The hottest area of research, Morris says, is drought tolerance. Thecurrent generation of turf grew up on cheap fertilizers and limitlessfreshwater. No longer. Urban water shortages are more frequent, even intraditionally soggy states like Pennsylvania. By law, residents indesert areas of Los Angeles County can water their lawns only withrecycled dishwashing or bathing water.
may beone answer. That grass can get by on as little as half the waterrequired by Bermuda grasses, not to mention only half to two-thirds theamount of fertilizer. In addition, Paspalum
feeds on awavelength of ultraviolet light that other turf grasses don't use,enabling it to thrive in shady or cloudy situations. "Imagine growinggreen grass in a domed stadium 365 days a year," Duncan says. "That'sthe next generation of grasses."
Duncan first came across Paspalum
in 1992, when a colleague sent him a clump. It was dark green, waxyleaved, fine textured, and plain lovely. So Duncan read up. Varietiesof Paspalum vaginatum,
he learned, thrive along coasts aroundthe world; genetic analysis revealed that it evolved originally inSouth Africa, then traveled to West Africa, South America, and theUnited States after the 16th century. Duncan suspects the grass spreadwith the slave trade; it grows on dunes and would have been readilyavailable as bedding. He has found Paspalum
growing in former slaving ports in eastern states.
owes its drought resistance to a combination of factors. Its roots areparticularly strong, so they can burrow into hard, dry soils, and theyare unusually good at drawing oxygen from compacted, oxygen-poor soils.But what sets the grass apart is its tolerance for salt. Every plantworks hard to maintain proper salt levels in the cytoplasm of itscells. Too much salt inside a cell degrades or destroys the enzymesnecessary for producing energy. At the same time, if too much saltcollects in the soil around the plant, a pressure differential arises,and water is sucked from the roots by osmosis. Some plants manage saltby blocking its uptake; others absorb it and spit it out later. But fewcan tolerate salinities much higher than 0.5 percent above freshwater.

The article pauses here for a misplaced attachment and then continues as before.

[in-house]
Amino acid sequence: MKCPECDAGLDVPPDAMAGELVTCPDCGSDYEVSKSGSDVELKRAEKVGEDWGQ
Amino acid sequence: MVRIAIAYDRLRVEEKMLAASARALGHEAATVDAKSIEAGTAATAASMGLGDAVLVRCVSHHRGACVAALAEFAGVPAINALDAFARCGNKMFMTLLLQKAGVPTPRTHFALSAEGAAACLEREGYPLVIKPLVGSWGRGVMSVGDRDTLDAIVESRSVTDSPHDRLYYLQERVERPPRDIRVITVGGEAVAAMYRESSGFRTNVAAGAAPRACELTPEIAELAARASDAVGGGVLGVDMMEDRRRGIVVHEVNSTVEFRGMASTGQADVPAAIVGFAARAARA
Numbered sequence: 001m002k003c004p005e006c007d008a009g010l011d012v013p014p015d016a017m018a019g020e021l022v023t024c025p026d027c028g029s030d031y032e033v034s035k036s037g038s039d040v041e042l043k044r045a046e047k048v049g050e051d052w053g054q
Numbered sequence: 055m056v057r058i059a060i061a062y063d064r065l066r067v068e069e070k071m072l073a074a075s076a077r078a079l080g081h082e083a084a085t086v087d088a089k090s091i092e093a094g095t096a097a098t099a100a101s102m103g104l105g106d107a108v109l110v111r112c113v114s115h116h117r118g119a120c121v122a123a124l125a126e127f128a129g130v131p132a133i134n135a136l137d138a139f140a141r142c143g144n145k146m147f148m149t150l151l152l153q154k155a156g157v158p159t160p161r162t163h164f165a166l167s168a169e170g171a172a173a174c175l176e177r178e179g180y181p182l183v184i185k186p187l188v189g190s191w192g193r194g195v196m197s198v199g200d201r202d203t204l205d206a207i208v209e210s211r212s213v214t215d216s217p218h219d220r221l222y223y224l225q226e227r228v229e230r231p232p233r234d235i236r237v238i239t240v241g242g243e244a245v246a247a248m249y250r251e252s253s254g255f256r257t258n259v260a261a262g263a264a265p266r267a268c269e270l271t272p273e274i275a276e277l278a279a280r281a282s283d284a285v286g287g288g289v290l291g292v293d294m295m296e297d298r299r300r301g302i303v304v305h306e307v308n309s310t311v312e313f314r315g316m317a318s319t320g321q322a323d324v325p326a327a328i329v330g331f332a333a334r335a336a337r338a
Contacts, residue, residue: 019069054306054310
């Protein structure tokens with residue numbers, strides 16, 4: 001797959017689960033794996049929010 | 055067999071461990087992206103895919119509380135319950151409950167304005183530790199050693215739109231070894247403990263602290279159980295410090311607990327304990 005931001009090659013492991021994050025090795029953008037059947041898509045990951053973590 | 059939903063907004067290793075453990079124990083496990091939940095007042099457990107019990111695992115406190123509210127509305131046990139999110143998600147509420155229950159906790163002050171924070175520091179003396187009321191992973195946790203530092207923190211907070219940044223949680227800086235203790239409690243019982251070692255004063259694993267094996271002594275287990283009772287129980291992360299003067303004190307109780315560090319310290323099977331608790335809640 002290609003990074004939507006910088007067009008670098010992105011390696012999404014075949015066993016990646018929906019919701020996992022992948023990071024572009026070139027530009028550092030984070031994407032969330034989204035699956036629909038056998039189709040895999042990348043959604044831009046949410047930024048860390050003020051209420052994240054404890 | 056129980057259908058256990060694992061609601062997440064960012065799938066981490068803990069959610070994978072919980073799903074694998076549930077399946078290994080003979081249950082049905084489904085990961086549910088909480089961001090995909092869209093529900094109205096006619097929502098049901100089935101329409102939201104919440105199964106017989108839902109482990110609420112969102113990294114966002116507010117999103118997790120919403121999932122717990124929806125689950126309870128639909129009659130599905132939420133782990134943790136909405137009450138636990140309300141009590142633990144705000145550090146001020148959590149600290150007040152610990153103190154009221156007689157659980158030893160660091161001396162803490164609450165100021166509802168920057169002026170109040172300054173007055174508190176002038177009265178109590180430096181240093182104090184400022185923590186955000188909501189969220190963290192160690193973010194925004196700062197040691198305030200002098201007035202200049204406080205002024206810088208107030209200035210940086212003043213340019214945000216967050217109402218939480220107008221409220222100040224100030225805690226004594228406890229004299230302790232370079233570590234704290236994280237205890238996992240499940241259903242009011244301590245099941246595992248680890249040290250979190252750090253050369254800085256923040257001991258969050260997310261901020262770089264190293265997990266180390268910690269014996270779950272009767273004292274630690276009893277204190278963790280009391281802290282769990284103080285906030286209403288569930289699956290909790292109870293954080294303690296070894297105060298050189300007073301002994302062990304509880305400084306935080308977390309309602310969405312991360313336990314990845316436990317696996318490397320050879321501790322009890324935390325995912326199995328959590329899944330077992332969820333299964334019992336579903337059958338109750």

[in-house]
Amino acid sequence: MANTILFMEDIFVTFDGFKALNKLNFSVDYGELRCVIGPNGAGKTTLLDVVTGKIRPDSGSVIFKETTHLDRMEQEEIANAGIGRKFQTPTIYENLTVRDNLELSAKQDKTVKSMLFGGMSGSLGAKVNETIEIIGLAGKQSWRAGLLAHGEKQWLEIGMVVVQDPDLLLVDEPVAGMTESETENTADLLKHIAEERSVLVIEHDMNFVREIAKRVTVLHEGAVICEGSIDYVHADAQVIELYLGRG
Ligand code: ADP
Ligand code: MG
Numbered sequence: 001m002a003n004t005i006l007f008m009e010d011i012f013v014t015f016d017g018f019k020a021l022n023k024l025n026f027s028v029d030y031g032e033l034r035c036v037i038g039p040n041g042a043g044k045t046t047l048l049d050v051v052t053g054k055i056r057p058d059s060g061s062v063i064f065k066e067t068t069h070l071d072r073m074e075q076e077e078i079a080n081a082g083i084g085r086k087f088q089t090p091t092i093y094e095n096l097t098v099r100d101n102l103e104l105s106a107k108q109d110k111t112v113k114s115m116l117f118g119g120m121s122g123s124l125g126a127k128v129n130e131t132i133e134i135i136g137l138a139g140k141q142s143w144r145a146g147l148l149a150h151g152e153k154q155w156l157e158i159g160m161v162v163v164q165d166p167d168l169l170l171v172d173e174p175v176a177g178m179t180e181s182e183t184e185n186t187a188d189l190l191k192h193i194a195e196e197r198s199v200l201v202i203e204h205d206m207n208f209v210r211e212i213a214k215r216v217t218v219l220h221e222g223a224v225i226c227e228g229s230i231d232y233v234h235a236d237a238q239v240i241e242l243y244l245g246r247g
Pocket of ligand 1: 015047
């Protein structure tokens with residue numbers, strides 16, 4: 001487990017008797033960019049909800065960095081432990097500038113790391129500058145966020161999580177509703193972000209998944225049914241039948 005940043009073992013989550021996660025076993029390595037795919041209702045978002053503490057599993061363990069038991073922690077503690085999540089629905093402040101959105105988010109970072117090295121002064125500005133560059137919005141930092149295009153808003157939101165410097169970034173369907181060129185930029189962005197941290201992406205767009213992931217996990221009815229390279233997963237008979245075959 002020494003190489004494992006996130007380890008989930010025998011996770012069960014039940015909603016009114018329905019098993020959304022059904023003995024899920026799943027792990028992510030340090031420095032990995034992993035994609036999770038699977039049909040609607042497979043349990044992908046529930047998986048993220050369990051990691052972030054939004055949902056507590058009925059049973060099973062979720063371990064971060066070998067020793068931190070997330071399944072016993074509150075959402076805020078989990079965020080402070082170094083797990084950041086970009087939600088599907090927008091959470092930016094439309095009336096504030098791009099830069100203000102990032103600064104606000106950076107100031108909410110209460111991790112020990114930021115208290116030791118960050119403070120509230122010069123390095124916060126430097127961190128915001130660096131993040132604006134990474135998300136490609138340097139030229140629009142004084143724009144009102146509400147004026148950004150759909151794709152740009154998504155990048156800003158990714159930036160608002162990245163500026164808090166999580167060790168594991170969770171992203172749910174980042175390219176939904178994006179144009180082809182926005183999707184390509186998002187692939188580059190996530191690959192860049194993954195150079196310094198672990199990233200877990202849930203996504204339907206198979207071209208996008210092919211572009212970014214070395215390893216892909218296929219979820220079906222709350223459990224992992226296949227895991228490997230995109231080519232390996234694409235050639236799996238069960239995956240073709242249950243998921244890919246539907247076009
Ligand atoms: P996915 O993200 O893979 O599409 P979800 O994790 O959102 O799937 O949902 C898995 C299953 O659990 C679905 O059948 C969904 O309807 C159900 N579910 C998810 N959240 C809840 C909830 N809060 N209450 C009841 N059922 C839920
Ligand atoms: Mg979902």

That poses a problem. Cities in the South and in the West have begun torequire homeowners and golf courses to use gray water, such as thewater that runs out of a clothes washer or the kitchen sink, for lawns.It often is too saline for standard turf grasses. Golf courses alongthe coast contort themselves, protecting their turf from ocean spray. Paspalum,
in contrast, soaks up salt, then squirrels it away in little pouches,or vacuoles, inside its cells, walled off from the tender,energy-producing mechanics within the cytoplasm. Duncan has founddozens of varieties of the grass over the years, in mangrove swamps andlow-lying bogs; some can remain submerged under brackish water for aslong as a month.
From a burgeoning collection of Paspalum
varieties, Duncan has bred, crossbred, refined, and licensed twocultivars called Sea Isle 1 and Sea Isle 2000. For the past two years,the Houston Astros baseball team has played on Paspalum
in its home stadium. A golfer can find Paspalum
on courses across all the tee-able continents. It's not too much of astretch to say that some of the world's most exclusive country clubsowe their success to the beds of slaves. (Augusta is not one of them.)
In return for all its admirable qualities, Paspalum
asks for only one thing: an occasional salt fix. Once a year, theHouston Astros' groundskeepers must lay on a micronutrient. "What itis, is Morton Salt," Duncan says. "You don't put much on, about thesame as what you'd put on your eggs in the morning." So let the gamesgo on—after the champion has eaten breakfast.
The University of Georgia's College of Agricultural and EnvironmentalSciences Web site has information on seashore paspalum, including listsof cultivars and photos of the turf in situ at golf courses throughoutthe United States: www.griffin.peachnet.edu/cssci/turf/paspalum/paspalum.htm
TheLawn Institute offers practical, extremely pro-lawn guidance to helpconsumers select and care for the grass beneath their feet and aroundtheir houses: www.turfgrasssod.org/lawninstitute/index.html
The U.S. Department of Agriculture has tips for eco-friendly lawn care: www.nrcs.usda.gov/partners/for_homeowners.html